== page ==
During this season of Advent, we share the Advent devotional Nearness from the ELCA World Hunger. For more information about the ELCA's work in this area, visit their webpage . You are invited to join us for Christmas Eve worship at 7 pm and Sunday for Lessons and Carols & Pajamas at 10 am.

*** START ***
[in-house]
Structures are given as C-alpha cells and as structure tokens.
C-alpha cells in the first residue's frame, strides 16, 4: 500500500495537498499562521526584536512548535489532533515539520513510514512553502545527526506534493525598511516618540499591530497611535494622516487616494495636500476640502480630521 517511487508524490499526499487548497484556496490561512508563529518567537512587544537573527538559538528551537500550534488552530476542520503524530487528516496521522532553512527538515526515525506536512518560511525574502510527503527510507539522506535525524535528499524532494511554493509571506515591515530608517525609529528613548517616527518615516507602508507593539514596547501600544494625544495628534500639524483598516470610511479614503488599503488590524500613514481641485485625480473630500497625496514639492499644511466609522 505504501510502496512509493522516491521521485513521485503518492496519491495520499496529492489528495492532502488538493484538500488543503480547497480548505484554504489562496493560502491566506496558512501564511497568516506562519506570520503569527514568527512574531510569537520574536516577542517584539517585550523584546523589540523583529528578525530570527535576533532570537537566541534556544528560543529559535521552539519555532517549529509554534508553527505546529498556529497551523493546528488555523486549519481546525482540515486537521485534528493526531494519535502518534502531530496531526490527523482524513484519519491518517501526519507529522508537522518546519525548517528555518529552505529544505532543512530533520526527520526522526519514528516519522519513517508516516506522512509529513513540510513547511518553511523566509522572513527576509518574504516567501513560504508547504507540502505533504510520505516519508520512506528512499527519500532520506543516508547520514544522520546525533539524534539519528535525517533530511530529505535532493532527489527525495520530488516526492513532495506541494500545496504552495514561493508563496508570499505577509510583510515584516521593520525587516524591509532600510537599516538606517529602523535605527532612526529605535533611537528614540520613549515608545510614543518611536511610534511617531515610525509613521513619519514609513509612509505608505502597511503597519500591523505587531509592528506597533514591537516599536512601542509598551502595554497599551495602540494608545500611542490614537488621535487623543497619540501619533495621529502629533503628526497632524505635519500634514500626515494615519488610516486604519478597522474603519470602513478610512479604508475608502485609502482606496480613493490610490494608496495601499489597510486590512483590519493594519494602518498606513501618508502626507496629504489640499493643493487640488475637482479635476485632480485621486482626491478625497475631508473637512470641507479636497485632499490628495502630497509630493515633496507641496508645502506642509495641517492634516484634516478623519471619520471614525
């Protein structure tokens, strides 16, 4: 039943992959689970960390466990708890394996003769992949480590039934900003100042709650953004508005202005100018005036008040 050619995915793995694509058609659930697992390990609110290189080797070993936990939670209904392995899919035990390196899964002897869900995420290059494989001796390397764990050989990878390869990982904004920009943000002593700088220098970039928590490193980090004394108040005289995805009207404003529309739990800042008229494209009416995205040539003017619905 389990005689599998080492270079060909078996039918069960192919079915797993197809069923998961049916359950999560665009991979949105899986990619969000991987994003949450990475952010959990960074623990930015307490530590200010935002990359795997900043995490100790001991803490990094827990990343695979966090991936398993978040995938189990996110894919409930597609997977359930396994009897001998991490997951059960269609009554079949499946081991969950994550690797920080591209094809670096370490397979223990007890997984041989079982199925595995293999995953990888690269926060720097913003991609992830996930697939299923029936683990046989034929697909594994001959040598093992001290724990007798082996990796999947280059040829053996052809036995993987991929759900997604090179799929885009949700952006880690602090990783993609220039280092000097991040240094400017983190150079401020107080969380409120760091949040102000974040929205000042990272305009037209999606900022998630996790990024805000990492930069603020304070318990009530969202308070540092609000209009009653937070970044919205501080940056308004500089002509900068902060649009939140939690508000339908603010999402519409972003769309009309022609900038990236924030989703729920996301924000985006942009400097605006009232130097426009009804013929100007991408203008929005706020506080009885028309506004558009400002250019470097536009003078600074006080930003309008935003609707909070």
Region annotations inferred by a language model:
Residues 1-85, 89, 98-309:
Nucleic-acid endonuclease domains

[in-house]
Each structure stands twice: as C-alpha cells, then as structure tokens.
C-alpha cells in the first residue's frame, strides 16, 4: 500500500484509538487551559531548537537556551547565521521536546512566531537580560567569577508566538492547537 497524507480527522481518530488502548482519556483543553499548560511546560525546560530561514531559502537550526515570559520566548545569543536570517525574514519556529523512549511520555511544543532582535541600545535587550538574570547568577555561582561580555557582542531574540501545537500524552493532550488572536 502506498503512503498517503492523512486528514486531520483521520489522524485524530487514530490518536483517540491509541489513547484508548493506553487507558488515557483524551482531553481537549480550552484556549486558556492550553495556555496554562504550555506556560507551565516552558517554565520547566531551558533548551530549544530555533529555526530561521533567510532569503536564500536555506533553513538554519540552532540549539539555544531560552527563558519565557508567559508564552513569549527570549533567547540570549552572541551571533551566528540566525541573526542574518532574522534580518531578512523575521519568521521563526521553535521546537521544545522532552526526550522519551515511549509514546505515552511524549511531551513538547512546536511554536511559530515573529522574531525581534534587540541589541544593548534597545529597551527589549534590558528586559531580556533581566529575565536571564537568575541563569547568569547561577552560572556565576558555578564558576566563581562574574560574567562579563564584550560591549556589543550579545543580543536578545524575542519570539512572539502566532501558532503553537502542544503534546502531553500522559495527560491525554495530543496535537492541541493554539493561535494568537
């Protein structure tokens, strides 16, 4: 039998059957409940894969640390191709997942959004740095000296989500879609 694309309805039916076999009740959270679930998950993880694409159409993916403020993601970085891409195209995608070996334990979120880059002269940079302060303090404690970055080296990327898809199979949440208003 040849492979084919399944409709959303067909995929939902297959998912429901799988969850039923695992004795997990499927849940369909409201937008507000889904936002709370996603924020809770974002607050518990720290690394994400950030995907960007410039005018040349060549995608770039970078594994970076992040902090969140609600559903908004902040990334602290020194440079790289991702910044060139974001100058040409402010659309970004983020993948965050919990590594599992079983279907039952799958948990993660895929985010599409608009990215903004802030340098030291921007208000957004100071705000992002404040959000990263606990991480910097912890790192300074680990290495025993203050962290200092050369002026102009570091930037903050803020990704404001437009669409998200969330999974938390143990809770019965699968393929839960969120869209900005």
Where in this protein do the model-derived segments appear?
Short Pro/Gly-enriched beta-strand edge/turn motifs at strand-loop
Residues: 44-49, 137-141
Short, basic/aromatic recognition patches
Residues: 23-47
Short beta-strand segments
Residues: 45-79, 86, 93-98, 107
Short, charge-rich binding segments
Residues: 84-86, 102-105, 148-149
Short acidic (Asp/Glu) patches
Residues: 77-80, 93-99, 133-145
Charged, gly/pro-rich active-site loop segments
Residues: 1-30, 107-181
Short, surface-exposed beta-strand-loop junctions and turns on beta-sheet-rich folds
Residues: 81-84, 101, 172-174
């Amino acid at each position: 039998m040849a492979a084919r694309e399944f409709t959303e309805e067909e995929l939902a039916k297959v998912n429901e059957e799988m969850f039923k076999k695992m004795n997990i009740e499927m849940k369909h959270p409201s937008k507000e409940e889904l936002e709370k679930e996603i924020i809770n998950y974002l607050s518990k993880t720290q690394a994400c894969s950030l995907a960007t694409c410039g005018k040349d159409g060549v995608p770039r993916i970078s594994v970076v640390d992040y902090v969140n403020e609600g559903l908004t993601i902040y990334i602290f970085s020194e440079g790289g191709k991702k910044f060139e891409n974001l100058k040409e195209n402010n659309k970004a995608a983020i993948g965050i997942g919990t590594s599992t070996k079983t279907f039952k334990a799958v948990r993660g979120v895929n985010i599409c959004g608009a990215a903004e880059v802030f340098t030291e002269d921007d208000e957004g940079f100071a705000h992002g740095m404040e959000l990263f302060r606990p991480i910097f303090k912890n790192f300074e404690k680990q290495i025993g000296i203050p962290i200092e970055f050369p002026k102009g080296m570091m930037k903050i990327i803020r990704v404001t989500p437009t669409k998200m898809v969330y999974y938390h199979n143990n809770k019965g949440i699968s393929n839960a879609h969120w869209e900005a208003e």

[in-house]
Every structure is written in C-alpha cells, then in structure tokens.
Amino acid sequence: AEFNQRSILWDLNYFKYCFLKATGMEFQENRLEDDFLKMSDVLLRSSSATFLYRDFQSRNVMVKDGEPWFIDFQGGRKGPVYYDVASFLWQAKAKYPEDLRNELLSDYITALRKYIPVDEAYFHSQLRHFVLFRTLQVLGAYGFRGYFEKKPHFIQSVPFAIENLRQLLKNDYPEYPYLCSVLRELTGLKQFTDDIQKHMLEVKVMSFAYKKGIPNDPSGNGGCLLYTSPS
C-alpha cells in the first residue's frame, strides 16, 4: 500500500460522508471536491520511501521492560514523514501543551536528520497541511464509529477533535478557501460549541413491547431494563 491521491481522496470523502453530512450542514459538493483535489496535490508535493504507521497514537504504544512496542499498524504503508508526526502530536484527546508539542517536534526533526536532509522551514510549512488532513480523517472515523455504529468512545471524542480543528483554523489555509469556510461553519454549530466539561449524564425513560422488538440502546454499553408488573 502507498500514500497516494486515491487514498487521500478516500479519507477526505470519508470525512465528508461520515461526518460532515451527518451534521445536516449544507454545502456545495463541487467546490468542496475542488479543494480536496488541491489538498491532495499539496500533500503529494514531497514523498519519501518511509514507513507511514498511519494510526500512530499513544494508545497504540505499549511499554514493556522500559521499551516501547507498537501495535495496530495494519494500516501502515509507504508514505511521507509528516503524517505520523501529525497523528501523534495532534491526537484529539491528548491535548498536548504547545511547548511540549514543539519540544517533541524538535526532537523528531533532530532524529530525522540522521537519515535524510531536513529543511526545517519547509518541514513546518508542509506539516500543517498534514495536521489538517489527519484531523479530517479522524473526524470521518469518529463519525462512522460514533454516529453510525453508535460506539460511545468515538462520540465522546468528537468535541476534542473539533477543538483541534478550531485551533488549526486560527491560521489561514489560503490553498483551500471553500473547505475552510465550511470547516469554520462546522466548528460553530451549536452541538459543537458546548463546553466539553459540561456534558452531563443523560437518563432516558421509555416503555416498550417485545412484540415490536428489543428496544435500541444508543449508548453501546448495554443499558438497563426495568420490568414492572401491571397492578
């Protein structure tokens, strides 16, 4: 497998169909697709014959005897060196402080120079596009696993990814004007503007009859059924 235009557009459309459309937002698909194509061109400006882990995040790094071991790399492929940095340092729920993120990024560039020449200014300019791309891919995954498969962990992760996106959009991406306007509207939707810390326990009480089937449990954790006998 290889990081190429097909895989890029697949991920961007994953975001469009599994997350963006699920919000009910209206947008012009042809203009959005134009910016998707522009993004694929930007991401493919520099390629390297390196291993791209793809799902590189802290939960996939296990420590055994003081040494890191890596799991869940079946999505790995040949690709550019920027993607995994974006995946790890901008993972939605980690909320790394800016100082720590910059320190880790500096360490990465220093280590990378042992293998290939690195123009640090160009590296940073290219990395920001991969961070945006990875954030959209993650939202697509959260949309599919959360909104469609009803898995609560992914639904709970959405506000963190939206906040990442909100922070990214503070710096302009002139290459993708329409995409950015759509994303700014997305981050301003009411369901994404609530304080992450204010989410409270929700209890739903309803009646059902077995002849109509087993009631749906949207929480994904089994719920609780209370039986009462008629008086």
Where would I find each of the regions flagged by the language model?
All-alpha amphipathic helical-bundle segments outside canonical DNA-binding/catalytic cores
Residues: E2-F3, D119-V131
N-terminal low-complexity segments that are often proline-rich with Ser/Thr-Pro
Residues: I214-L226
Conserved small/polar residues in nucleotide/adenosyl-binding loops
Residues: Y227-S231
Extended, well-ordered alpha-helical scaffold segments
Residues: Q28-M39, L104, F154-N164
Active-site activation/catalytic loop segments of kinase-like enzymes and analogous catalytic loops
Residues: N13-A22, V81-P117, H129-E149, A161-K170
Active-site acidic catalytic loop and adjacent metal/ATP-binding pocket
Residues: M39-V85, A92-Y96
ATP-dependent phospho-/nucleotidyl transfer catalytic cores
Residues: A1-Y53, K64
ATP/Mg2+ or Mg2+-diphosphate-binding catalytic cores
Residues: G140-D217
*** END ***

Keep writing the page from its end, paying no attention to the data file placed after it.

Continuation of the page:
GOD IS WITH US “‘Look, the virgin shall conceive and bear a son, and they shall name him Emmanuel,’ which means, ‘God is with us’” (Matthew 1:23). You are loved. No, really. That's it. That is the message of Advent, Christmas -- the entirety of the gospel story, in fact. You are loved. In the baby — whose name shall be Emmanuel, which means “God is with us” — God has drawn near to humanity in familiarity, intimacy and even identity. God has become human, entering into our world and our very existence. And the message God has brought? You are loved.. Two thousand years of Christian history, and yet that basic message has not changed. God has drawn near, and the message brought to all creation is “you are loved.” Scripture is filled with stories of God speaking to God’s people. Sometimes God speaks to them directly. Moses approaches a burning bush and hears God "informing him, 'I will send you to Pharaoh to bring my people, the Israelites, out of Egypt'" (Exodus 3). In the middle of the night, Samuel hears God calling his name (1 Samuel 3). At other times, God speaks through the prophets to the people. But here … in this manger … in this moment … on this night … There is no mountain-splitting, quaking prelude like Elijah heard outside his cave (1 Kings 19). There is no opening in the heavens, no descending Spirit, no voice from the clouds (Luke 3.) The baby in the manger is God’s whispered good news: “You are loved.” In the first session of this study, we read a sampling of modern-day billboards warning us of God’s coming wrath. The writings of our biblical ancestors reflect a similar level of trepidation about the day God would draw near. What judgment might befall them when God arrived? What word might God speak? In the manger in Bethlehem, God did show up. And the word was “love.” As gospel people, the church proclaims this message: "You are loved." Obviously, such a simple message doesn’t give us the directives that are to be taken in the many complex situations in which the church finds itself in daily life. Such a simple message does not give us all that we need to make the many minute decisions that organizations and individuals must make. But it does give us a clear message and identity. Who is the church? The beloved of God. Who is my neighbor? The beloved of God. Who is the stranger in my midst? The beloved of God. To be the church, to be people of the gospel, called to spread the good news, is to ensure that every person we encounter leaves knowing they are loved. To be “evangelical” is to be sharers of the good news – and that good news is that we are loved by the very creator of the universe. This almost seems too simple, and in some ways it might be. But how often does the message the world sends us undermine our confidence in this message? How often are we told that we must make ourselves lovable enough, work hard enough, look good enough, decide wisely enough, or behave appropriately enough to merit the concern or consideration of others around us? The church has a different message: You are loved because the One who created you has marked you as loved. Christ-centered ministries have this message of Christ at their heart. Rain or shine, the East Boston Community Soup Kitchen opens each Tuesday without fail, serving up nutritious fare — with an extra helping of love — from the basement of Our Saviour’s Lutheran Church. Volunteers offer weekly breakfast, lunch and dinner to more than a hundred guests, many of whom face the challenges of poverty and addiction. Guests can also pick up hygiene kits or a set of clean clothes and access social services. “This space is where we all come together and treat each other with love, with that respect and dignity that we all like to receive,” says Sandra Aleman-Nijjar, the kitchen’s lead volunteer. “We give that to everyone that walks through those doors.” Eddie, one of the guests at East Boston, knows this to be the case. Having lived on the streets since he was 18, Eddie calls the ministry “my home,” a place of belonging and acceptance where his needs — physical, spiritual and emotional — are met. “He feels loved, that someone cares,” says Sandra. “You can see it in [each of] them, that sense of belonging, that sense of acceptance. That someone cares about them, that someone is watching and looking out for their well-being.” To be “evangelical” is not merely to share the basic facts about faith but to live out a faith that assures us — and our neighbors — that we are loved. For guests at the East Boston Community Soup Kitchen, that means that every plate of food served is a form 17 of evangelism, a way of sharing the good news that is the very message of “Emmanuel”: you are loved. God’s love calls us to active love and service of one another. Authentic love — the love God shows through Christ — sets tables where all are welcome, calls religious and political leaders to repentance for their treatment of neighbors facing poverty or vulnerability, and testifies to new life in the face of death-dealing powers. It is not merely a word spoken but a life lived, walking with and standing by our neighbors. This is the Promised One we have been waiting for, and this is the message we have been longing to hear. Through Mary and Joseph’s journey to Bethlehem, through John the Baptist’s hours of ministry at the Jordan, through our expectant longing in Advent — this is the message we have been waiting for. And the message many of our neighbors continue to pine for. You are loved. Now, love one another. REFLECTION QUESTIONS 1) When during this season have you felt loved? 2) How does your congregation share the message “you are loved” with neighbors in your community? 3) Watch ELCA World Hunger’s video “East Boston Community Soup Kitchen” at https://vimeo.com/293599869. How does the ministry in East Boston help guests feel “that sense of belonging, that sense of acceptance”?